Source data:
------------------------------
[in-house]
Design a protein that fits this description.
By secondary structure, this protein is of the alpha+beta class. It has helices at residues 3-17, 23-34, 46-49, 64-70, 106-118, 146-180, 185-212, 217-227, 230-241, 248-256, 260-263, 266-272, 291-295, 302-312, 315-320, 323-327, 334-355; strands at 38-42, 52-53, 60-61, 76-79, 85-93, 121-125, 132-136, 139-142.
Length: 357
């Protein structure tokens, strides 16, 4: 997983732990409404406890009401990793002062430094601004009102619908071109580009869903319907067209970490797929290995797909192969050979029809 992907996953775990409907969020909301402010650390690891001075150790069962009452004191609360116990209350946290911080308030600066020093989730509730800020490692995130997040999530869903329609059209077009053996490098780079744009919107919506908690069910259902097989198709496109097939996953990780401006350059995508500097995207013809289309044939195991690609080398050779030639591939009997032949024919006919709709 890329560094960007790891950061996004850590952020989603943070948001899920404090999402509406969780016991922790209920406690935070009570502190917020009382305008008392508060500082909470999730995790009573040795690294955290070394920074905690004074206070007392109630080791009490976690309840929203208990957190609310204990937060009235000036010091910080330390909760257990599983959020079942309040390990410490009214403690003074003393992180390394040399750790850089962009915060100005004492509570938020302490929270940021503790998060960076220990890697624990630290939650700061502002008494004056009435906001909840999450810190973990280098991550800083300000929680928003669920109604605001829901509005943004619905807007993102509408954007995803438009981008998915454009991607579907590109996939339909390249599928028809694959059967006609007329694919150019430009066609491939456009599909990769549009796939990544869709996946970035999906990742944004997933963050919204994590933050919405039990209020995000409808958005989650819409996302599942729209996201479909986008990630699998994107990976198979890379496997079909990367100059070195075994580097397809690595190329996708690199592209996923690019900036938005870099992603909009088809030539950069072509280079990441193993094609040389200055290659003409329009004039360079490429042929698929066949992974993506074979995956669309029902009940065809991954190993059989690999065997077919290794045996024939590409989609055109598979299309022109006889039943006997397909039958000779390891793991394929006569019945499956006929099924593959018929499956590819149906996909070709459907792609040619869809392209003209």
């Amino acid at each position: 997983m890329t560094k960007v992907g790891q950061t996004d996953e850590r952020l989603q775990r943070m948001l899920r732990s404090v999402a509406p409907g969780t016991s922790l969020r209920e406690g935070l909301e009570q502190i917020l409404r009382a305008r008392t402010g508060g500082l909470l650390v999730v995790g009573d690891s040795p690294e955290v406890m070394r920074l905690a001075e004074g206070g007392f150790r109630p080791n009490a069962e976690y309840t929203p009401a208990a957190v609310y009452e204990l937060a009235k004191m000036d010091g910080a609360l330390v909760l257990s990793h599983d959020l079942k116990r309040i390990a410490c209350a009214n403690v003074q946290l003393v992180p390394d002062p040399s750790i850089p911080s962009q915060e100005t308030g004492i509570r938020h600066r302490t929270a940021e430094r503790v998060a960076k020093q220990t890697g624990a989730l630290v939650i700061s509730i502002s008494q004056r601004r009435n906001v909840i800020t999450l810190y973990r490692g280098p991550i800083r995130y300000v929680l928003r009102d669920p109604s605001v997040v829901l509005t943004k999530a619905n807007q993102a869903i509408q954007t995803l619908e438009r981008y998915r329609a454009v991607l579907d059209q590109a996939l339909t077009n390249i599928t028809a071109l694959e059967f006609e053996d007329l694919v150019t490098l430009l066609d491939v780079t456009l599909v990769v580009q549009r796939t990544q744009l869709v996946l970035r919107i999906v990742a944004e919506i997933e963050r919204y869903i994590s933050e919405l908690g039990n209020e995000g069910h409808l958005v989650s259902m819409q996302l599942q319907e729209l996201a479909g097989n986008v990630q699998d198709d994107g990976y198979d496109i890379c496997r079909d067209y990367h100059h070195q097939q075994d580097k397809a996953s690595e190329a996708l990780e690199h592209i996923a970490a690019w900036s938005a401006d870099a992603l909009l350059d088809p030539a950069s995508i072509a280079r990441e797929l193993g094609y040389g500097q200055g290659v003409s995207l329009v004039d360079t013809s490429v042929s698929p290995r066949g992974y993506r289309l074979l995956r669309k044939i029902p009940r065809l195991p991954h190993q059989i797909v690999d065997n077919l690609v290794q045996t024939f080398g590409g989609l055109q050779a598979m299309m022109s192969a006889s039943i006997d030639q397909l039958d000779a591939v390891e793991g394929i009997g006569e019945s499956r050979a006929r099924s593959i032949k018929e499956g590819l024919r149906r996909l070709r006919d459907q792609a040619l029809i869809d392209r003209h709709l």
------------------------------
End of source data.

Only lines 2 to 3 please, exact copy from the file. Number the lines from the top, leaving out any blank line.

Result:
Design a protein that fits this description.
By secondary structure, this protein is of the alpha+beta class. It has helices at residues 3-17, 23-34, 46-49, 64-70, 106-118, 146-180, 185-212, 217-227, 230-241, 248-256, 260-263, 266-272, 291-295, 302-312, 315-320, 323-327, 334-355; strands at 38-42, 52-53, 60-61, 76-79, 85-93, 121-125, 132-136, 139-142.